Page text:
Under section 213(a) of the Small Business Regulatory Enforcement Fairness Act of 1996 (Pub. L. 104-121), we want to assist small entities in understanding this proposed rule. If the rule would affect your small business, organization, or governmental jurisdiction and you have questions concerning its provisions or options for compliance, please contact the person listed in the FOR FURTHER INFORMATION CONTACT section. The Coast Guard will not retaliate against small entities that question or complain about this proposed rule or any policy or action of the Coast Guard.
C. Collection of Information
This proposed rule would not call for a new collection of information under the Paperwork Reduction Act of 1995 (44 U.S.C. 3501-3520).
D. Federalism and Indian Tribal Governments
A rule has implications for federalism under E.O. 13132, Federalism, if it has a substantial direct effect on the States, on the relationship between the national government and the States, or on the distribution of power and responsibilities among the various levels of government. We have analyzed this proposed rule under that Order and have determined that it is consistent with the fundamental federalism principles and preemption requirements described in E.O. 13132.
Also, this proposed rule does not have tribal implications under E.O. 13175, Consultation and Coordination with Indian Tribal Governments, because it would not have a substantial direct effect on one or more Indian tribes, on the relationship between the Federal Government and Indian tribes, or on the distribution of power and responsibilities between the Federal Government and Indian tribes. If you believe this proposed rule has implications for federalism or Indian tribes, please contact the person listed in the FOR FURTHER INFORMATION CONTACT section above.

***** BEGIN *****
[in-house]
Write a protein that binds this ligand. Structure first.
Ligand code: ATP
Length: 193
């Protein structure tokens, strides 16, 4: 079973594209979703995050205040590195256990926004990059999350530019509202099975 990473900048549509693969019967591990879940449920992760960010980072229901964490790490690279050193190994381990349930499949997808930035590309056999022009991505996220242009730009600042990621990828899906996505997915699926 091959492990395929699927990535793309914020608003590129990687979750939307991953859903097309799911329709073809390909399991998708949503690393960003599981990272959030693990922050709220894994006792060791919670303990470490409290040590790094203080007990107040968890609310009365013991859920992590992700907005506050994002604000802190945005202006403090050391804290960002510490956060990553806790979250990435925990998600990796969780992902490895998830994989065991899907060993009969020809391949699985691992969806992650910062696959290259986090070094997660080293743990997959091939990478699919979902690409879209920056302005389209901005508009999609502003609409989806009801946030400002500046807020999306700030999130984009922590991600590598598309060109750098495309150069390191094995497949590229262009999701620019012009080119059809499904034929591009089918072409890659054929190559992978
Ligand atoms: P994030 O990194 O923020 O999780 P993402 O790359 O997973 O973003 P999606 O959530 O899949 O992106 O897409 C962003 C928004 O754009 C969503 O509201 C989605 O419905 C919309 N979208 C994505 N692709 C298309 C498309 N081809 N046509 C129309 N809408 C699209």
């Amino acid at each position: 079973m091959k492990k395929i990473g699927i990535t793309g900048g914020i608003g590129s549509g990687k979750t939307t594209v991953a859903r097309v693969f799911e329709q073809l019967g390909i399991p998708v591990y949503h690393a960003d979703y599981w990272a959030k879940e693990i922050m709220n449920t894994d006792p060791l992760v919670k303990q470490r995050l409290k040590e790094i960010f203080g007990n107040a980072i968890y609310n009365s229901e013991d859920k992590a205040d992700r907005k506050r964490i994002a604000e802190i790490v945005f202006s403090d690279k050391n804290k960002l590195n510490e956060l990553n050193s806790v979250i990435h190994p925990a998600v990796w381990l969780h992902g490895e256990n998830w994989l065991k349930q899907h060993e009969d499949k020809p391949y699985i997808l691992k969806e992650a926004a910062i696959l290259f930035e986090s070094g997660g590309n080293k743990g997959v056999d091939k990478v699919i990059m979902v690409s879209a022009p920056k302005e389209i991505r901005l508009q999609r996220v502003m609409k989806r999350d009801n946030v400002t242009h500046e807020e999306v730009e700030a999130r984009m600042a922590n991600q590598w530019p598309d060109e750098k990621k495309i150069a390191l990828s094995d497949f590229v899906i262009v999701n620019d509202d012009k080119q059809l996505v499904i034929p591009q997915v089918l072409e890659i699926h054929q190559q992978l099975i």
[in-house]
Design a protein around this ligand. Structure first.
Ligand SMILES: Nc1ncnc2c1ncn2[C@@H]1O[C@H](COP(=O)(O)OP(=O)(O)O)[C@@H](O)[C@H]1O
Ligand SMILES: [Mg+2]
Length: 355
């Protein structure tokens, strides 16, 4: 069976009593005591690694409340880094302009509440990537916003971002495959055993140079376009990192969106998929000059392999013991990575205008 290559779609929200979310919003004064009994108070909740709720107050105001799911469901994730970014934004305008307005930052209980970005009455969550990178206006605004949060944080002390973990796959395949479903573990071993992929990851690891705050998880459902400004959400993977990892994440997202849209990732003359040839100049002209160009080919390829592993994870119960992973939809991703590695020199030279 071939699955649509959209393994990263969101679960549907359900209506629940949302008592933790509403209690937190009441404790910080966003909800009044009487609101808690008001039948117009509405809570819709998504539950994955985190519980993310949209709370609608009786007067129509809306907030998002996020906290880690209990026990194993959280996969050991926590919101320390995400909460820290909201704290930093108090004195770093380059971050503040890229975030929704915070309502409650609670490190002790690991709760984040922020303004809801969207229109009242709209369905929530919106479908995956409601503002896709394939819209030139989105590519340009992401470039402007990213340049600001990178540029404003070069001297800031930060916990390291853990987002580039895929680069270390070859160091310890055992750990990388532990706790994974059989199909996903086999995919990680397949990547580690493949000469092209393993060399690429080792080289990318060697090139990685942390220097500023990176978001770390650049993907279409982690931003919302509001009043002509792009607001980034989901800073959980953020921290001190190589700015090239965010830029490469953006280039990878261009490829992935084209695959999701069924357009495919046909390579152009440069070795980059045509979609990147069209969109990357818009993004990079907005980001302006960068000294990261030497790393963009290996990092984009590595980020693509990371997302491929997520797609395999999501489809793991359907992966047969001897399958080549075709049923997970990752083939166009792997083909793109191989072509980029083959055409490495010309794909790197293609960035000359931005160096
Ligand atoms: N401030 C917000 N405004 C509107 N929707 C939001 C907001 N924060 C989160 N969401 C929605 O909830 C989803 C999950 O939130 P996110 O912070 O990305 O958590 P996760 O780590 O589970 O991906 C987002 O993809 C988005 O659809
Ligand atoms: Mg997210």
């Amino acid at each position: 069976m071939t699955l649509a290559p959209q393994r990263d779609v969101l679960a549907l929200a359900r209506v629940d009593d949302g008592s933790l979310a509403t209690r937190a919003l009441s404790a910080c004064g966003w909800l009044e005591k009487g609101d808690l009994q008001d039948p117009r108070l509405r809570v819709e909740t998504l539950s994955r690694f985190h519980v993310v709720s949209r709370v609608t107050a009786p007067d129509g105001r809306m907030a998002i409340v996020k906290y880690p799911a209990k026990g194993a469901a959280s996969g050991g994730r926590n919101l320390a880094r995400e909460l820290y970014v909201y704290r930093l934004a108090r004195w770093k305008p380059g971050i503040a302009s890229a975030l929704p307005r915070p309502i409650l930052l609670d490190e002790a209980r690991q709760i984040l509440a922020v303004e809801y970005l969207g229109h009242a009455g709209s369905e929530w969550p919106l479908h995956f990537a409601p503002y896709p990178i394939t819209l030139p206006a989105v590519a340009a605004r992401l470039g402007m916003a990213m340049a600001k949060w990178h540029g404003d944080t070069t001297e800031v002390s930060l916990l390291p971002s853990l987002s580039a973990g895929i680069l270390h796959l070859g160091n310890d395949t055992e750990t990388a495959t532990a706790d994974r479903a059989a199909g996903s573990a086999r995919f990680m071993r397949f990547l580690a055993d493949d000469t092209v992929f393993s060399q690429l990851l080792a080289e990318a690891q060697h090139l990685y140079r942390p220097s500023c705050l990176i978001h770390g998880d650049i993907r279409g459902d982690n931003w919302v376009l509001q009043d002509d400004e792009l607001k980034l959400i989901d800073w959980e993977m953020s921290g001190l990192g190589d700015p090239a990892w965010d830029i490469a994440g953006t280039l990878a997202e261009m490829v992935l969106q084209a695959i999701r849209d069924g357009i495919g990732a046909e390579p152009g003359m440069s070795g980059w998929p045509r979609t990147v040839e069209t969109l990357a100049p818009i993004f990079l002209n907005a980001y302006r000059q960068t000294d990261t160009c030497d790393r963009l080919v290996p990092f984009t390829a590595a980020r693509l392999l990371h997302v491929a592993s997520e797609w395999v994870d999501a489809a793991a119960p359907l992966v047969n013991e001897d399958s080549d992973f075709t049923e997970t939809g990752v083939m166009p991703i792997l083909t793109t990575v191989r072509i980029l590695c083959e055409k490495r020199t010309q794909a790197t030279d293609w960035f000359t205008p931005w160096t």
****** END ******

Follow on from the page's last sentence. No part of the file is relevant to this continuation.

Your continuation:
E. Unfunded Mandates Reform Act
The Unfunded Mandates Reform Act of 1995 (2 U.S.C. 1531-1538) requires Federal agencies to assess the effects of their discretionary regulatory actions. In particular, the Act addresses actions that may result in the expenditure by a State, local, or tribal government, in the aggregate, or by the private sector of $100,000,000 (adjusted for inflation) or more in any one year. Though this proposed rule would not result in such an expenditure, we do discuss the effects of this rule elsewhere in this preamble.
We have analyzed this proposed rule under Department of Homeland Security Management Directive 023-01 and Commandant Instruction M16475.lD, which guide the Coast Guard in complying with the National Environmental Policy Act of 1969 (42 U.S.C. 4321-4370f), and have made a preliminary determination that this action is one of a category of actions that do not individually or cumulatively have a significant effect on the human environment. This proposed rule involves a safety zone lasting only during periods of high water flow measured by Chickamauga lock and dam. Normally such actions are categorically excluded from further review under paragraph 34(g) of Figure Start Printed Page 42312-1 of Commandant Instruction M16475.lD. A preliminary environmental analysis checklist and Categorical Exclusion Determination are available in the docket where indicated under ADDRESSES. We seek any comments or information that may lead to the discovery of a significant environmental impact from this proposed rule.
G. Protest Activities
The Coast Guard respects the First Amendment rights of protesters. Protesters are asked to contact the person listed in the FOR FURTHER INFORMATION CONTACT section to coordinate protest activities so that your message can be received without jeopardizing the safety or security of people, places, or vessels.